Additional Information Resources

  1. Nanotechnology and the As Built Environment: Investing in Green Infrastructure, Crystal Research Associates’ and Livingston Securities’, second edition, December 2012.
  2. Application of Nanotechnologies in the Energy Sector, Hessian Ministry of Economy, Transport Urban and Regional Development, Volume 9, August 2008.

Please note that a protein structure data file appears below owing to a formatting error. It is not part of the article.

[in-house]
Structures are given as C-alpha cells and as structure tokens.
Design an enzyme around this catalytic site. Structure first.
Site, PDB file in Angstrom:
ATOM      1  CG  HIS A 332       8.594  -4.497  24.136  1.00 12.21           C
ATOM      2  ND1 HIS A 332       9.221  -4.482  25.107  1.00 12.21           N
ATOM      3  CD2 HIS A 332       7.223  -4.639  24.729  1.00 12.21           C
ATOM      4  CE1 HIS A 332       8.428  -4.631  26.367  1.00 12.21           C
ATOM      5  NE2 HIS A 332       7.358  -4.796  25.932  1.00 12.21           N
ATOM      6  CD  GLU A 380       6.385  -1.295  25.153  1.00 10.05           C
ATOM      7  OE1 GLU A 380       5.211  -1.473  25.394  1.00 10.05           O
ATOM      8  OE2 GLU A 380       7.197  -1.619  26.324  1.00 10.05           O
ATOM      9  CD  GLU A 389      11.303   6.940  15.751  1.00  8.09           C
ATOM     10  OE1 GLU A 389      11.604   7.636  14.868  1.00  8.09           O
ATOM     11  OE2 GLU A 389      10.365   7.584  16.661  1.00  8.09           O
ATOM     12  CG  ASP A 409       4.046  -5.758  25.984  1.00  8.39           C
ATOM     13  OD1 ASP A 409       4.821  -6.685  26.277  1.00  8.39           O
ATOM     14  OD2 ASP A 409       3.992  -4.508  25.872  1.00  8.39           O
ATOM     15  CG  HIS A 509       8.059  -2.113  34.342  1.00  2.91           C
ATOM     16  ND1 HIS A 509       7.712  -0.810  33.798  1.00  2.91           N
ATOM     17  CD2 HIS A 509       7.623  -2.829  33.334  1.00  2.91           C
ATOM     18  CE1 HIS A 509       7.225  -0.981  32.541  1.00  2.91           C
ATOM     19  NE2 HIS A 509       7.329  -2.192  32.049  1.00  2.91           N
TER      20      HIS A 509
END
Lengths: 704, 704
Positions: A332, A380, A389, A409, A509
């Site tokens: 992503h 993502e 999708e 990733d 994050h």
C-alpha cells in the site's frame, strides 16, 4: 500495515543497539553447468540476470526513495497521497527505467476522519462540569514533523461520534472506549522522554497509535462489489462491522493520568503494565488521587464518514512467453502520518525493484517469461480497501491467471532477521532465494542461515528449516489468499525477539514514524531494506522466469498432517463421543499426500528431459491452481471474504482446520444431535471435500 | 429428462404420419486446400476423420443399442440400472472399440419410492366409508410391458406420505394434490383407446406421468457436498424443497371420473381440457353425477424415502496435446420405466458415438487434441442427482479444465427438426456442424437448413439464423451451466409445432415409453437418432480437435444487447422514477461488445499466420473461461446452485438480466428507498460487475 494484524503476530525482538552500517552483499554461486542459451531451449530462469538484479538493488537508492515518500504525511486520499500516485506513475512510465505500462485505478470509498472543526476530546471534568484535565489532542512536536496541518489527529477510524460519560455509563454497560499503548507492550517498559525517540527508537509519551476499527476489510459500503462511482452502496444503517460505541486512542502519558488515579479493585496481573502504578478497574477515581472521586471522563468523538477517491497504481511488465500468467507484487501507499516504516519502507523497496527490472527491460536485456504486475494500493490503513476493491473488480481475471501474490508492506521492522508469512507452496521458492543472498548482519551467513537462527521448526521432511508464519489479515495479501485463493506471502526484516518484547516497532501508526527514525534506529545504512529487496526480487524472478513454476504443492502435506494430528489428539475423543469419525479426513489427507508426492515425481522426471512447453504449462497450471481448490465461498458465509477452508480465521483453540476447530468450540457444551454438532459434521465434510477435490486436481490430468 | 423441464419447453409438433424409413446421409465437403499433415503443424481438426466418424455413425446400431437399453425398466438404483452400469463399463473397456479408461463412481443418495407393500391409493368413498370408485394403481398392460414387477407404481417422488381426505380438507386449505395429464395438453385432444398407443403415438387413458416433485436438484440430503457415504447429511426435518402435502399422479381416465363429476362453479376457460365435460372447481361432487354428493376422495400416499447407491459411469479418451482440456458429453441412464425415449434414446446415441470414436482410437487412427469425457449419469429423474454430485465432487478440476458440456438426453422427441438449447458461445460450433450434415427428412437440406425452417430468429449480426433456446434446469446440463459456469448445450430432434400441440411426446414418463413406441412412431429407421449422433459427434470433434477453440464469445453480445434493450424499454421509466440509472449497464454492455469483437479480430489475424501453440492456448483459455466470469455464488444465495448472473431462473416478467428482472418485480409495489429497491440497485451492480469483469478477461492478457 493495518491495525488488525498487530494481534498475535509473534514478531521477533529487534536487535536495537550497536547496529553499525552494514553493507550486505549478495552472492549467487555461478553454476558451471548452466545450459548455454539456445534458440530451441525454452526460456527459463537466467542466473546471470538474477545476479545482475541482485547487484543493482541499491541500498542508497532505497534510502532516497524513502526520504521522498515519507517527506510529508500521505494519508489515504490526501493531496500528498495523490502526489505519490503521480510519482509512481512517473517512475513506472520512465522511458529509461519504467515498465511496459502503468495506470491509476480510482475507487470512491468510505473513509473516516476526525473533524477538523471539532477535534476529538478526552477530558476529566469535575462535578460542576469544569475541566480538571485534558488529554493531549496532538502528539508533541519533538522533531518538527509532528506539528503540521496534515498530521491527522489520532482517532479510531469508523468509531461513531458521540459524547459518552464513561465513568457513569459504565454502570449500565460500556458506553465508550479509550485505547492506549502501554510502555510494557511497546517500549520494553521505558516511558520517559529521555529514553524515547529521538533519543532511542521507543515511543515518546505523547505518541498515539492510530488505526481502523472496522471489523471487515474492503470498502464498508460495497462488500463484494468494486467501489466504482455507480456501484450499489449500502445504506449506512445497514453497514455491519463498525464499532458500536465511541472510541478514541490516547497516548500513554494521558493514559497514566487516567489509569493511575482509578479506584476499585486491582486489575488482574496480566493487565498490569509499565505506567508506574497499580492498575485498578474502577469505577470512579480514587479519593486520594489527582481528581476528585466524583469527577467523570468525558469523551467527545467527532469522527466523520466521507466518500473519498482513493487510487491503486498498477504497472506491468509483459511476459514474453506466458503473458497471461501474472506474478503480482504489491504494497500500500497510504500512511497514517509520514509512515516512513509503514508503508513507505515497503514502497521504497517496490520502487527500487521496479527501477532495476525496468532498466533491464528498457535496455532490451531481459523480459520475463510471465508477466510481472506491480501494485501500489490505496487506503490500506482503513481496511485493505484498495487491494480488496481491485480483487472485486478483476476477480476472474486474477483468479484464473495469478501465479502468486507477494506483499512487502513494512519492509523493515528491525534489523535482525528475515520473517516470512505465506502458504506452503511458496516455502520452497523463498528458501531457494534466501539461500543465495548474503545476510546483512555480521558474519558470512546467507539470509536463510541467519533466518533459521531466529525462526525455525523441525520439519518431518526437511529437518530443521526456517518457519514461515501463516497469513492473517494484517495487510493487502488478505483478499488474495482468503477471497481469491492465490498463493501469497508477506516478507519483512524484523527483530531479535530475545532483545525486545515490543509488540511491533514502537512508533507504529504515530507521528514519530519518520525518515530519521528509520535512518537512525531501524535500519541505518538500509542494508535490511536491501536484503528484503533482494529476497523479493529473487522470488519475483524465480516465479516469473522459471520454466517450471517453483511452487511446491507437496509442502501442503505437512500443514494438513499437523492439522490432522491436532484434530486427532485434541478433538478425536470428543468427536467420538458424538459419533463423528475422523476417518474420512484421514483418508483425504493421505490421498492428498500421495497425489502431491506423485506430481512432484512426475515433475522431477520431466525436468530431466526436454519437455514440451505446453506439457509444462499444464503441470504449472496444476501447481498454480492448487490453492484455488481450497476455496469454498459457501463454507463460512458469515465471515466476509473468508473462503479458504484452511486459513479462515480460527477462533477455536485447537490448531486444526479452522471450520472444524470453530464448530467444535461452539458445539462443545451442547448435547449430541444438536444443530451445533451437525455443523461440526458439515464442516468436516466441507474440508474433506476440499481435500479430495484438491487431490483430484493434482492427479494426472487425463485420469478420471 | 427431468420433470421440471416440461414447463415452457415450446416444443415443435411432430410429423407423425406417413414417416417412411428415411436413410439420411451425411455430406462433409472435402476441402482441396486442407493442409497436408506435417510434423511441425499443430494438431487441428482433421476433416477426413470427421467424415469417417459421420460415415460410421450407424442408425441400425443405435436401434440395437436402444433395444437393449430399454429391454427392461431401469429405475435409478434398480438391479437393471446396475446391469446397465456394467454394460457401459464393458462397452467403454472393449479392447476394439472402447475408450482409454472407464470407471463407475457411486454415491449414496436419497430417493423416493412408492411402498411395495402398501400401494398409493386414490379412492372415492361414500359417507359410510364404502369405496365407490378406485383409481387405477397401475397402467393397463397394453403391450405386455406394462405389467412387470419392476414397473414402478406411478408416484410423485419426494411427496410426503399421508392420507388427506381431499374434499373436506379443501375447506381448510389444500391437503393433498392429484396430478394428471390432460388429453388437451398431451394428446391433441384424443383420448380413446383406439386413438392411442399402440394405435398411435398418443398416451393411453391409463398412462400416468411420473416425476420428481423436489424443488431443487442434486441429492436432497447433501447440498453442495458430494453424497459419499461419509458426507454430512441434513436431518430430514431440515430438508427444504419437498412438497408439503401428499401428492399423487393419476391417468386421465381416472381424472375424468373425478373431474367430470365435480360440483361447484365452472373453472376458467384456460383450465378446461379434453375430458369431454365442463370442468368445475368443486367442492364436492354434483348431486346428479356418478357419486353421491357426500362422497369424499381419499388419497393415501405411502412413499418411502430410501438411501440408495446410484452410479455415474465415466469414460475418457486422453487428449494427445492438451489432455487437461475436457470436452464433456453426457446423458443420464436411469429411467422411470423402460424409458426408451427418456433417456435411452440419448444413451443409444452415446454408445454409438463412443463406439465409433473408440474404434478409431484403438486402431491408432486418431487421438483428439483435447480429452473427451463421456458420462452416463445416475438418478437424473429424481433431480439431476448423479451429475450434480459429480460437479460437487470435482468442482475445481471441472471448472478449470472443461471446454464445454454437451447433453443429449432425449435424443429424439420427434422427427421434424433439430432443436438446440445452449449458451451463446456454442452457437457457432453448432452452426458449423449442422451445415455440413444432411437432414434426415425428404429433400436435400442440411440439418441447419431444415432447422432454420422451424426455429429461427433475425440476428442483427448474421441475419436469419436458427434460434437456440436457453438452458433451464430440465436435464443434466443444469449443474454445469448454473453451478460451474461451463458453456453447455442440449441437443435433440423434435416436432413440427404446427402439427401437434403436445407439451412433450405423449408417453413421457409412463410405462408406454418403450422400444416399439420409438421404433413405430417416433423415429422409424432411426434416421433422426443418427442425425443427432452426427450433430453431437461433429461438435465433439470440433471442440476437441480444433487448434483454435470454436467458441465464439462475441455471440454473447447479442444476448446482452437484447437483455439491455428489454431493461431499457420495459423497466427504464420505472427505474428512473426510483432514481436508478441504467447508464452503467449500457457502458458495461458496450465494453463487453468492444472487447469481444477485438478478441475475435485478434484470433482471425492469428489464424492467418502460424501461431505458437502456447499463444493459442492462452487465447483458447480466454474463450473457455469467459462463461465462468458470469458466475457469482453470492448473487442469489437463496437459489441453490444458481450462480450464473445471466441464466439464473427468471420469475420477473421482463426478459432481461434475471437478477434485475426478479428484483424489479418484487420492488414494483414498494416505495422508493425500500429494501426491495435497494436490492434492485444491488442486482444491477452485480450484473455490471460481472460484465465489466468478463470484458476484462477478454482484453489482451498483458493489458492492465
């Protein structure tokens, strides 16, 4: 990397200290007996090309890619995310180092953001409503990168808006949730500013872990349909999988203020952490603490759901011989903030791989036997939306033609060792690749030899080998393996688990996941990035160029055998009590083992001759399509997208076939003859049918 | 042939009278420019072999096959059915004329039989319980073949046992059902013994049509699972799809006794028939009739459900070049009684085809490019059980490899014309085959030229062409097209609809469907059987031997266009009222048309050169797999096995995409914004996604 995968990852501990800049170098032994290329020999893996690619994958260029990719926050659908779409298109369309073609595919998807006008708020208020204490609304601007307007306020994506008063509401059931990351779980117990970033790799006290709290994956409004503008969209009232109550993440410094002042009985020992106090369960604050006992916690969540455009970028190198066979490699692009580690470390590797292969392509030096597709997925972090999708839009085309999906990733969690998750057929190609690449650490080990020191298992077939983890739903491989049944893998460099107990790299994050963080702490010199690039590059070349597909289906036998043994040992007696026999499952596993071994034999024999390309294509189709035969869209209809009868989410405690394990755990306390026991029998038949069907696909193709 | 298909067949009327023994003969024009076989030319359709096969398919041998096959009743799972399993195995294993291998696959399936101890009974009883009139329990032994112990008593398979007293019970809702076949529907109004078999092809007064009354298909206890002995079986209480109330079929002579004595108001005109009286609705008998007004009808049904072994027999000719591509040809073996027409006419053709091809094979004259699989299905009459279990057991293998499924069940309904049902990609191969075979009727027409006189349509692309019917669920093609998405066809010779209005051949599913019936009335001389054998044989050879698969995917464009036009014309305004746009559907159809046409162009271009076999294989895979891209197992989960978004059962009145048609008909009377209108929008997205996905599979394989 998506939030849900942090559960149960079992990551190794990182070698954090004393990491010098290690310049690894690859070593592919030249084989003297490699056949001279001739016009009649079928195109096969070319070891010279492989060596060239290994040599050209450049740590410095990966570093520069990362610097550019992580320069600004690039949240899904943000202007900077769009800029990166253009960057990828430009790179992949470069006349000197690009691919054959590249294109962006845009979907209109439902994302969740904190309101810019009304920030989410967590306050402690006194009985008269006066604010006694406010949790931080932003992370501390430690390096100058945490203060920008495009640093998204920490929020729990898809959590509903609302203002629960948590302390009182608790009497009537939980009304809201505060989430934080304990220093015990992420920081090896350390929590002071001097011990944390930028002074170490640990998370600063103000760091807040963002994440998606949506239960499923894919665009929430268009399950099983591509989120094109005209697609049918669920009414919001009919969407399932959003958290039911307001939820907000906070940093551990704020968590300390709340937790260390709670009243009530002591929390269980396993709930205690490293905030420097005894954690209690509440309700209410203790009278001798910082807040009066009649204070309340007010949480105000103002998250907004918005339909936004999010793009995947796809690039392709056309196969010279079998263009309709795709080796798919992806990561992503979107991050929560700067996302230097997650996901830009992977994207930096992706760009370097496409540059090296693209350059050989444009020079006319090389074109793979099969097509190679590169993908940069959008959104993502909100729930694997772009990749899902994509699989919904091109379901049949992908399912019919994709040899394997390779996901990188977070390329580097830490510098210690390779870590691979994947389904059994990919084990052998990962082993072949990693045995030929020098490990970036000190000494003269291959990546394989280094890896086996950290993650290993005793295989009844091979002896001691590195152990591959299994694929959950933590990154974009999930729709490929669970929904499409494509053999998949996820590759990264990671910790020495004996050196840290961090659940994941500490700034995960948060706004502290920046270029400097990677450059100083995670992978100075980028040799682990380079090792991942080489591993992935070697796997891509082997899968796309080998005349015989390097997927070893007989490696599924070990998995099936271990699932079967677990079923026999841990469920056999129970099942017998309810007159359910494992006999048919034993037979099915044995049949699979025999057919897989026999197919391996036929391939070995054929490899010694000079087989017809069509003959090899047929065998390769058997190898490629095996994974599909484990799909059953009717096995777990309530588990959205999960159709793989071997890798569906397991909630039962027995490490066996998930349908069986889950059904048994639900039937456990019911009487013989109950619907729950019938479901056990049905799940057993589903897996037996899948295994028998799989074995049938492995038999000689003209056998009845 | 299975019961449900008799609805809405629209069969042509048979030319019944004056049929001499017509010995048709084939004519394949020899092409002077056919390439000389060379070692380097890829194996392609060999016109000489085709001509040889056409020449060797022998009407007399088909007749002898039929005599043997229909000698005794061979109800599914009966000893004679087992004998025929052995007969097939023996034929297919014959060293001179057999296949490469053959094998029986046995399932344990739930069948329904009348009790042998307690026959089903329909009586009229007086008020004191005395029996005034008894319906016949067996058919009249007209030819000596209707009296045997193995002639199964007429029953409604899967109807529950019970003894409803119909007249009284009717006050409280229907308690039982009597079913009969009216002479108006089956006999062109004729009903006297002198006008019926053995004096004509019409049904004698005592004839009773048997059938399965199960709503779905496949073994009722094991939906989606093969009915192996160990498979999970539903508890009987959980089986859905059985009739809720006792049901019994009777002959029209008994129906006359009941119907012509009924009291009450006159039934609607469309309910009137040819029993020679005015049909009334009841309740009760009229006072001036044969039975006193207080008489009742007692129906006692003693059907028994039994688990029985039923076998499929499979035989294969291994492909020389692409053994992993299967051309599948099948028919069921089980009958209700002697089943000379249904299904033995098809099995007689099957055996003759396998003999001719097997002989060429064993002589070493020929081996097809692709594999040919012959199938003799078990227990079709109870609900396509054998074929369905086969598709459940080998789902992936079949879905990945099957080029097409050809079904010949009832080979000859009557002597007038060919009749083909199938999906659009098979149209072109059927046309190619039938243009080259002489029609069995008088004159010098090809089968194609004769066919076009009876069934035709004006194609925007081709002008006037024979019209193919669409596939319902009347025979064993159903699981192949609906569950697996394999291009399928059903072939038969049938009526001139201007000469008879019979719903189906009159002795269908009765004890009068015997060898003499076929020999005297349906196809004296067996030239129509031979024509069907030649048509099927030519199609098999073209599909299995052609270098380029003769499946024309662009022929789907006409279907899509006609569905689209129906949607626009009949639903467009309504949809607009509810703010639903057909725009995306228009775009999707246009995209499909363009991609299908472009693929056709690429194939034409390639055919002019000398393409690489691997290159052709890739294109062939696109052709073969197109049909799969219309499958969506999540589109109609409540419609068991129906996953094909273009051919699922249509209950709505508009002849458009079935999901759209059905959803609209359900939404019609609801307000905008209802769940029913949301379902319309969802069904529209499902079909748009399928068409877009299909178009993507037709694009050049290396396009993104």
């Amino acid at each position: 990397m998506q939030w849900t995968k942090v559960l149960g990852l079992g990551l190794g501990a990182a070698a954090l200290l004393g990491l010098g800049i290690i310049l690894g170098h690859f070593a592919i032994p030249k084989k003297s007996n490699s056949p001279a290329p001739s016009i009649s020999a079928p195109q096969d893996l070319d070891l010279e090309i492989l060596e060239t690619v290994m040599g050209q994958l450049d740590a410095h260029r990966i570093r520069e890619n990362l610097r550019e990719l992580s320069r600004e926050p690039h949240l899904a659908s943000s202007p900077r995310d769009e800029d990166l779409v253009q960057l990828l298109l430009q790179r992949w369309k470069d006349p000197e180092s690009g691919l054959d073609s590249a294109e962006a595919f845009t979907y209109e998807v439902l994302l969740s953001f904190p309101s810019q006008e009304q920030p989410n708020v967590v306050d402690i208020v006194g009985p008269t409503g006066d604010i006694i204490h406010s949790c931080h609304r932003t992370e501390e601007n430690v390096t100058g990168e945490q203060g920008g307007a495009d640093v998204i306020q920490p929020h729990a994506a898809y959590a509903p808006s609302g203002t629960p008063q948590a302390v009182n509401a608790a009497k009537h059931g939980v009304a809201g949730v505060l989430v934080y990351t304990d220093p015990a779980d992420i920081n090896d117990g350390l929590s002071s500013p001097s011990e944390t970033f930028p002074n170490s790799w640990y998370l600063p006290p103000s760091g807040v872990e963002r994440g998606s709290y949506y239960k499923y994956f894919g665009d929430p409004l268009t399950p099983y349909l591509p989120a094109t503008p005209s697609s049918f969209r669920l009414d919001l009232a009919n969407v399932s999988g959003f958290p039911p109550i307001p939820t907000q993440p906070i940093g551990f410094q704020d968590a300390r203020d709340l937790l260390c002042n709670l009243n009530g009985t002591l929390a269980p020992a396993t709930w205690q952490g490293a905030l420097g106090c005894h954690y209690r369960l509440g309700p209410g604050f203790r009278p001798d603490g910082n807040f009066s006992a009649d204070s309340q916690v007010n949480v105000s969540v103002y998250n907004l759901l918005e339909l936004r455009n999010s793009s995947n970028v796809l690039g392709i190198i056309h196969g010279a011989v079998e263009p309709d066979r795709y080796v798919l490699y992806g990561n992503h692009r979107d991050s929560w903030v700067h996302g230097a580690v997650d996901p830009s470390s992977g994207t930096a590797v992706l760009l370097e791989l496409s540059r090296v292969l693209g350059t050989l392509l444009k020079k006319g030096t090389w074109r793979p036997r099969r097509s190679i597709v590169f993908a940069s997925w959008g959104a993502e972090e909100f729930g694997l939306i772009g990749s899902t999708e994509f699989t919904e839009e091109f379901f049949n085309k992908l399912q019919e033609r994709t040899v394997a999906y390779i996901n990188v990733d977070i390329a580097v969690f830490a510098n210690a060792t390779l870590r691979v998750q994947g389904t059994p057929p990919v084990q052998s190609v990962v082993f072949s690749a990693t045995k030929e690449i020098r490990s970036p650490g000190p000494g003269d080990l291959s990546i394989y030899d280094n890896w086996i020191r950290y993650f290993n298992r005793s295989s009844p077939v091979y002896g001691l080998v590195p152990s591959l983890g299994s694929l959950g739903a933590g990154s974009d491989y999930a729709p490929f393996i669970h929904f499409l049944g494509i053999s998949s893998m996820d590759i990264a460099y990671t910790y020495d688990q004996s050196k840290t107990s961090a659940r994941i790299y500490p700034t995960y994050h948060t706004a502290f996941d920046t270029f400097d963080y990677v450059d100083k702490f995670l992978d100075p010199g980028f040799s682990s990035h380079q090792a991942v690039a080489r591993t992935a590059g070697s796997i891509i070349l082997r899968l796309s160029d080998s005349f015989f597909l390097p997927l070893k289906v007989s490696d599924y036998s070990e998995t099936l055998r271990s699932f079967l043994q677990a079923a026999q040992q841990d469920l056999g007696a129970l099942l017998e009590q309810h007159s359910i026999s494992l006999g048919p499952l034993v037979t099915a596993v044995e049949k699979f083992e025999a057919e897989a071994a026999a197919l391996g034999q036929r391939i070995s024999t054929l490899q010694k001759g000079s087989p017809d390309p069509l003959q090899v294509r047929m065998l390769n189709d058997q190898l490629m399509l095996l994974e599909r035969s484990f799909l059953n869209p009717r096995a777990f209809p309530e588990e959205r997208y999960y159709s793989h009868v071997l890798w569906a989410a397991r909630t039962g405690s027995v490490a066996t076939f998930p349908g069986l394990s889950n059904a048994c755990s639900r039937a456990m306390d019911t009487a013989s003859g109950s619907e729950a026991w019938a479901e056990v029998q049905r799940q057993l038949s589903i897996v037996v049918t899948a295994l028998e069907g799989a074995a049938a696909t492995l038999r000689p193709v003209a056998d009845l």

3. Global Energy Architecture Performance Index Report 2015, World Economic Forum, December 2014.
  4. Annual Energy Outlook 2014 – With Projections to 2040, U.S. Energy Information Administration, Department of Energy, April 2014.
  5. Nanotechnology and Energy, National Nanotechnology Coordination Office, January 2012.


Bill LooneyBill Looney ( is a senior program manager, Environment, and director of the Nanotechnology Initiative, AECOM.

Originally published Mar 4, 2015

Author: Bill Looney